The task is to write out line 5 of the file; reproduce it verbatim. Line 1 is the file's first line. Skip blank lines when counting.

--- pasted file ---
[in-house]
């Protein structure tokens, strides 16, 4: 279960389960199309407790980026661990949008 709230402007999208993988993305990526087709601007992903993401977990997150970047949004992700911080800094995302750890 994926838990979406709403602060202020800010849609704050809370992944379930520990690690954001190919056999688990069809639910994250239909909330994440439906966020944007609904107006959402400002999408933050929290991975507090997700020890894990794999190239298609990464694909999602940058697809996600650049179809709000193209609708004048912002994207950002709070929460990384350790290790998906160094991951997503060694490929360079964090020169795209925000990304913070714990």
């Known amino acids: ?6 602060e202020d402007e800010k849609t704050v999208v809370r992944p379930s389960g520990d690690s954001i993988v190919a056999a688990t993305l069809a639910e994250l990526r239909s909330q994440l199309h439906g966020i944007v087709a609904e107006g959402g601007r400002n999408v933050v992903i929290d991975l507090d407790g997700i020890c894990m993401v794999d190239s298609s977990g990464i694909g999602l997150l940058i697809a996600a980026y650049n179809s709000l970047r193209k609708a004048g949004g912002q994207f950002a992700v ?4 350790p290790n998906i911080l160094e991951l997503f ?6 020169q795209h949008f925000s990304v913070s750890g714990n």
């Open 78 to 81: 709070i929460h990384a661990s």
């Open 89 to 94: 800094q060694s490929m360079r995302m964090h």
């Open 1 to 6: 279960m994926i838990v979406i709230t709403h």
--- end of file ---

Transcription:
């Open 89 to 94: 800094q060694s490929m360079r995302m964090h």